The right engine was rotated, and compression was obtained in all cylinders. Valve train continuity was verified. The fuel control servo remained attached to the engine and contained fuel. Fuel was also found in the fuel lines and fuel pump. The engine oil suction screen and oil filter were absent of debris. The spark plugs were gray in appearance. The fuel injectors were absent of debris. When the magnetos were rotated by hand, spark was obtained from all terminals.

All blades on both propellers were bent aft. One blade on the right propeller had leading edge impact damage about one inch in depth. One blade on the left engine's propeller was bent rearward and aft, and the propeller hub was fractured. Rotational scoring was found on the front surface of all blades.


The toxicological testing report from the FAA Toxicology Accident Research Laboratory, Oklahoma City, Oklahoma, was negative for drugs and alcohol for the pilot.

An autopsy was conducted on April 11, 1998, in Augusta, Maine, by a Deputy Medical Examiner, State of Maine.


None of the witnesses reported seeing an in-flight fire or smoke trailing from the airplane. Examination of the soot accumulations found no evidence of soot accumulations conforming to in-flight air flow patterns.


The propellers and propeller governors were forwarded to Hartzell Propellers in Piqua, Ohio, for further examination under the control of the FAA. According to the report from Hartzell:

"The strong similarity of crash damage in the two propellers is remarkable and indicates that both engines were doing the same thing at the same time of impact." "Both props were rotating at impact and generating power, possibly maximum power." "There were no pre-impact discrepancies in the propellers or governors that would have been a factor in the accident."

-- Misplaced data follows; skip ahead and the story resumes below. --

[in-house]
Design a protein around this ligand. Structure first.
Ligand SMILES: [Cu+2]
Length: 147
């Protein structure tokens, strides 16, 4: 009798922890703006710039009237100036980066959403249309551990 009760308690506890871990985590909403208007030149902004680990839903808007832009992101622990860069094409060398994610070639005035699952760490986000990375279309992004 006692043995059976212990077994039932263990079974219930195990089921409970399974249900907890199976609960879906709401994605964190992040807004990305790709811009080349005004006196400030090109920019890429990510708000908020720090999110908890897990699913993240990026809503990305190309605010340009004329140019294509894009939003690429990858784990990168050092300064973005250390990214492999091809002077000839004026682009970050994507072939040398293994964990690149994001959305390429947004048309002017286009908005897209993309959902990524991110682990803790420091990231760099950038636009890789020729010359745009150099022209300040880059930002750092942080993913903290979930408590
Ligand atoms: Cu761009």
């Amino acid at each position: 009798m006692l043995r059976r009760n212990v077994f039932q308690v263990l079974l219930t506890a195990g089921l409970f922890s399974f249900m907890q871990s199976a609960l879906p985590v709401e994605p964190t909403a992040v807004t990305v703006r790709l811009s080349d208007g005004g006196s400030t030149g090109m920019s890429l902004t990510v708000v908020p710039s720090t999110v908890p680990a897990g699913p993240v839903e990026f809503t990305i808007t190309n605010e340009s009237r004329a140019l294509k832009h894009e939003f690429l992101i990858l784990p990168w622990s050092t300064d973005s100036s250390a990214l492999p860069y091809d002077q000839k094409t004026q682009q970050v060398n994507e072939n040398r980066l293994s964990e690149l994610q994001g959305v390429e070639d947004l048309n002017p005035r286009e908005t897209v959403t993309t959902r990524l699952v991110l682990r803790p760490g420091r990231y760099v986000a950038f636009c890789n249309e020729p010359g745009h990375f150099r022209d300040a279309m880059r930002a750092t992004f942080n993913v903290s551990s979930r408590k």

The fuel control units, fuel injection manifolds, and fuel injector nozzles were forward to Precision Aeromotive Corporation in Everett, Washington for further examination. The left engine fuel control unit (S/N 55372) could not be flow checked due to damage. The right engine fuel control unit (S/N 71632) was flow checked. According to the FAA inspector who attended the examination, nothing was found that would have precluded engine operation.


The director of operations reported that the accident pilot initially had a tendency to fly about 15 mph slow on the initial climb after liftoff. He instructed the pilot to use a higher speed and there were no further problems in this area. The FAA inspector who conducted the pilots FAR 135 pilot-in-command and equipment qualification checkride wrote "Excellent Flying" on the checkride form.

Another pilot who flew with the accident pilot several times just prior to the accident reported that the pilot would make his initial climb at 120 mph until the landing gear was retracted, then he would accelerate to 140 mph for flap retraction, and then settle on an en route climb of 160 mph.

The airplane wreckage was released on April 13, 1998, to Mr. Jim Cobb, of Ryan Insurance Services, Inc, the insurance adjuster, in Biddeford, Maine.

NTSB Probable Cause

the failure of the pilot to maintain control of the airplane during takeoff for undetermined reasons.